SO NOW, IN 2004, NADER IS APPEALING TO THE LEFT ON A POPULIST BASIS. In the responses to the article on "What makes a Nader voter tick?" the profile of a typical Nader voter emerged --- mostly working people with incomes under $1000/month; motivated primarily by anger, even rage, focused on the Democrats rather than the Republicans; based upon a view that the Democrats are still the real power in America and also on a bitter sense of betrayal by the Democratic Party; and, a kind of jealous resentment of perceived economic comfort of typical Democrats (PERS recipients?) as well as an absurd belief that leading Democrats like Kerry are more wealthy than the Bush family (and the Bush family partners --- the Saud family?) This is a strange profile because, while it fits the Naderites, it doesn't fit Nader himself. Nader never looses his cool, maintains a wry sense of humor and irony at all times, is very clear in his understanding that Democratic "liberals" have lost whatever power they once held, and, has himself been financed throughout his career by typical "liberal Democrats" of the upper-middle and upper classes --- with whom Nader is very comfortable socially. People forget the extent to which Nader is an attorney and how connected he is with the old "liberal" system of jurisprudence as represented by the older generation of Federal judges appointed by pre-Reagan Democratic presidents (and now largely replaced by Republican-appointed ideologues). I recall that early in the 2000 election Nader was still speaking (to crowds of ordinary people!) in his lawyer language that is used when addressing something like the Supreme Court. Speaking to a crowd, televised, Ralph would say something, for example, about environmental problems, and then he would support his statement by a legalistic citation spoken as though in parentheses, citing a legal precedent like "Bush v. Gore, blah-blah Supreme Court Reporter blah-blah" --- except that it would be more esoteric, like "Lazerman v. State of Louisiana, United States Court of Appeals, 6th Circuit, 256 U.S.X. 317". If you have ever read any law, and also heard Nader speaking early in the 2000 campaign, you know what I am talking about. It was bizarre.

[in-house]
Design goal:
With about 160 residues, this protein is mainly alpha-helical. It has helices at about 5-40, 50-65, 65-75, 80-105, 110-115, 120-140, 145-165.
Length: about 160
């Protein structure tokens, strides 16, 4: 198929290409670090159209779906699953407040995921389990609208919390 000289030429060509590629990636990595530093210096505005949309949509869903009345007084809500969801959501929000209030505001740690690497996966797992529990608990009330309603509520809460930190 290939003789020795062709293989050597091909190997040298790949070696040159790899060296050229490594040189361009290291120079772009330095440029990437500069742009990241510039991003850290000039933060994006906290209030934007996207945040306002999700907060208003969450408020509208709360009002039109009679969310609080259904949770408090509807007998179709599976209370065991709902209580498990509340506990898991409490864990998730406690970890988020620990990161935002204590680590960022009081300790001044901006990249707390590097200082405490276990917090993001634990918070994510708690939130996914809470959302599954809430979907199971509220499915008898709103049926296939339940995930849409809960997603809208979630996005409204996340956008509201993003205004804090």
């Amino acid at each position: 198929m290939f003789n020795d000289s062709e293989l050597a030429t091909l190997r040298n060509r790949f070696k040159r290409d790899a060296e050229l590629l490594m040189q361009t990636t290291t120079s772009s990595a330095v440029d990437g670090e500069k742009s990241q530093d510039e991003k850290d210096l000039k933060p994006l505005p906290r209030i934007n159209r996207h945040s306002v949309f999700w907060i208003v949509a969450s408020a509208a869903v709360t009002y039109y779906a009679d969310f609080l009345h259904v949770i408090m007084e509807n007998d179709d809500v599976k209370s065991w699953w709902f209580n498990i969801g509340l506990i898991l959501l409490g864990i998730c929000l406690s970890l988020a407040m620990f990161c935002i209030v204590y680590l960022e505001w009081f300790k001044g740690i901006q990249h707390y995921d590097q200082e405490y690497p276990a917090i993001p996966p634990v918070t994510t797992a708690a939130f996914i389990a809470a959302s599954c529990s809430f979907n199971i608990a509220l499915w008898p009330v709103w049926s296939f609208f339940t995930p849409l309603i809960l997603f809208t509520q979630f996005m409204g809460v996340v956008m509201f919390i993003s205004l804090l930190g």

NADER NOW HAS EXPANDED THE USUAL BASE OF REACTION THAT CAN BE COUNTED ON TO SUPPORT AN INDEPENDENT OR THIRD PARTY CANDIDATE. In addition to the disaffected middle class (generally the middle-middle), Nader is targeting the marginalized working class --- people that typically are resentful of the benefits and pay of union-organized workers. What unites all these people is that they listen to such radio talk as Lars Larsen and they believe the buzz that they hear --- they believe that the Democrats are rich and powerful and that the worst element in society is represented by the "liberals" and by overpaid school teachers. But, as opposed to true "ditto-head" Republicans, these Naderites (potential or real) reach a different conclusion. From the right-wing spin on reality, these Naderites reach radical conclusions that verge on socialism and revolution or on isolationism and radical reform of the financial infrastructure. Nader is after all of the disaffected voters --- left, right and center --- that mostly would hate to vote Democratic in any event. In that picture, Nader perhaps presents to the Democrats the possibility of connecting with those voters, if not in 2004, then after the elections. With Nader, (as with Kucinich), it appears that it really is about the issues.